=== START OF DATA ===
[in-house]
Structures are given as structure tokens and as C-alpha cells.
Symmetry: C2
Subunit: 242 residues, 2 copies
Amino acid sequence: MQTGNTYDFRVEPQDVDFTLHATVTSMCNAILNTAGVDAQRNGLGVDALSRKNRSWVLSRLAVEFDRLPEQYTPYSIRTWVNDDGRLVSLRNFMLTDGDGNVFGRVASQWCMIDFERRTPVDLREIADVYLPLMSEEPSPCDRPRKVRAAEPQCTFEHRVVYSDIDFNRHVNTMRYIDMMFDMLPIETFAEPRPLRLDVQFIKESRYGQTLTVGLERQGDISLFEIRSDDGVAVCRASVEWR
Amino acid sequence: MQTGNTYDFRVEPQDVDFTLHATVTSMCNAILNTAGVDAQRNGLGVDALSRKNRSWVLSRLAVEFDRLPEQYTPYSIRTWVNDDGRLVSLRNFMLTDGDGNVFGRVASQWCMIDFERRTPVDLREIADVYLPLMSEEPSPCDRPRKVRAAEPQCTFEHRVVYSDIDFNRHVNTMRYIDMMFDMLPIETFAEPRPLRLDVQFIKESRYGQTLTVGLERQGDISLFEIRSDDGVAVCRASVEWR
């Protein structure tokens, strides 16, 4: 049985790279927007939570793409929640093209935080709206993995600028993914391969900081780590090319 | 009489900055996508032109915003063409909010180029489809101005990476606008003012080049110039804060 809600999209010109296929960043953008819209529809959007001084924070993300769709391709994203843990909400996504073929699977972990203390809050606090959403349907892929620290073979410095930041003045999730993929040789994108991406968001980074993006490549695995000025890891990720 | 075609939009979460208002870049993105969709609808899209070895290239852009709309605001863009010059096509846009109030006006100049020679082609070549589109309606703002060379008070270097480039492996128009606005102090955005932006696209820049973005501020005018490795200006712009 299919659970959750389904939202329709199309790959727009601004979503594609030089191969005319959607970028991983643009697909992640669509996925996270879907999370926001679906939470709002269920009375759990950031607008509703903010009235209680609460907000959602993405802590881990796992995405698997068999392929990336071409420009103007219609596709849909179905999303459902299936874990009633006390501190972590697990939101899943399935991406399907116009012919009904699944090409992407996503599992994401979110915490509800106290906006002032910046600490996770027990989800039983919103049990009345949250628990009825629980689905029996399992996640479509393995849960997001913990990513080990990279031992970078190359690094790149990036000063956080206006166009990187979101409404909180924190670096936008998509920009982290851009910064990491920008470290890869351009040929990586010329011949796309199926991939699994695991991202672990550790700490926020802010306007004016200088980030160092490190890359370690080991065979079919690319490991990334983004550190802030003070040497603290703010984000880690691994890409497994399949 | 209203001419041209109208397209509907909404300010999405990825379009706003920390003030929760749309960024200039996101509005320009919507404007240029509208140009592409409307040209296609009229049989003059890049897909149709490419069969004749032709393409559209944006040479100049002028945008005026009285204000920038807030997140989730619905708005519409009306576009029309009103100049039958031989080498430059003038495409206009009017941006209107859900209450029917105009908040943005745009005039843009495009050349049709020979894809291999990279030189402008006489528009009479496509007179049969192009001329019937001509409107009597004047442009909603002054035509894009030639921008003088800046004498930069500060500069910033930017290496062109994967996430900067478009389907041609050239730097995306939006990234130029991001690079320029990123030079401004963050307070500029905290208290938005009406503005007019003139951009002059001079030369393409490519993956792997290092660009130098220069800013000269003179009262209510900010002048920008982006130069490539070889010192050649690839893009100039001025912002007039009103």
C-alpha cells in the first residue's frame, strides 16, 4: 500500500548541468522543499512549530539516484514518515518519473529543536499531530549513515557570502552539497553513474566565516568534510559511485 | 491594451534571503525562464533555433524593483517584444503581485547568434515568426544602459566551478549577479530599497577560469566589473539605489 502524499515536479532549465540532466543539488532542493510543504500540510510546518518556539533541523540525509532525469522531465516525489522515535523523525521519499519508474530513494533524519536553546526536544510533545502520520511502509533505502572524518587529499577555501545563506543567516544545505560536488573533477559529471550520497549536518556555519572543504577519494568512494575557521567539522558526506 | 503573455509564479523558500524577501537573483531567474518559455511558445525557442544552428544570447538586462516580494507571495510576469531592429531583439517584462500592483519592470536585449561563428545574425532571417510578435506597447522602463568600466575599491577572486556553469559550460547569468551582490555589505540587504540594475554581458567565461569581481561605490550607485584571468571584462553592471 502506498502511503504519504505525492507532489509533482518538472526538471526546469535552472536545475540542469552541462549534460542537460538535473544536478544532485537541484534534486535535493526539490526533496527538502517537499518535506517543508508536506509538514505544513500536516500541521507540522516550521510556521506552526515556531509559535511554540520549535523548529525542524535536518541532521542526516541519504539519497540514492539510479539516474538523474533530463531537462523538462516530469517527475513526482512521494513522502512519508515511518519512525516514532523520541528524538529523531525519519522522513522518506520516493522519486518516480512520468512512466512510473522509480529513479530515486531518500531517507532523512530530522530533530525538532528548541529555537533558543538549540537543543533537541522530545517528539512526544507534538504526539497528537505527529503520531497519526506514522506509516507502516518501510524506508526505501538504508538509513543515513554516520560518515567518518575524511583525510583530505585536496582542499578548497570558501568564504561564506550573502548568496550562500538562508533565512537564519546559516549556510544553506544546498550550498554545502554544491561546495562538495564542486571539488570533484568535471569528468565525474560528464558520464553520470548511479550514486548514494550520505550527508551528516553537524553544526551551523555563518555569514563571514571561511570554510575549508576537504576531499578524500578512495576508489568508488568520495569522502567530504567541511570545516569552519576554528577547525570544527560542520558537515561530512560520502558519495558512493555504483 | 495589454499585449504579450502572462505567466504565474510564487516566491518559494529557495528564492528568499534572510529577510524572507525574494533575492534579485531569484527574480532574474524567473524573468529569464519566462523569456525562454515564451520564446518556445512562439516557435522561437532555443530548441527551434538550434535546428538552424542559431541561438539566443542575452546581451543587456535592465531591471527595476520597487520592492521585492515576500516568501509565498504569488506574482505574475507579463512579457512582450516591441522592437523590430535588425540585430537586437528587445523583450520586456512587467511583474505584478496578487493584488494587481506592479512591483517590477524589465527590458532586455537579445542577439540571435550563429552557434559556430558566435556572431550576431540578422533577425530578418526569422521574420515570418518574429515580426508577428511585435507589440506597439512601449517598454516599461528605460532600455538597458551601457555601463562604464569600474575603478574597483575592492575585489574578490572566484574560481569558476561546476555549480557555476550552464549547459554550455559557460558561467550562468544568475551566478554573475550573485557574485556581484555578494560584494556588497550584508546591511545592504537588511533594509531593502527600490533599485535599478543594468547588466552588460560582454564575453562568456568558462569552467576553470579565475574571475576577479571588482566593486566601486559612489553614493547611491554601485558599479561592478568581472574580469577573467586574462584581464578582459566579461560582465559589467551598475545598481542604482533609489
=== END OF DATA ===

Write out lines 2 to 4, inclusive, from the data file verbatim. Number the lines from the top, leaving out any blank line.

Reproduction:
Structures are given as structure tokens and as C-alpha cells.
Symmetry: C2
Subunit: 242 residues, 2 copies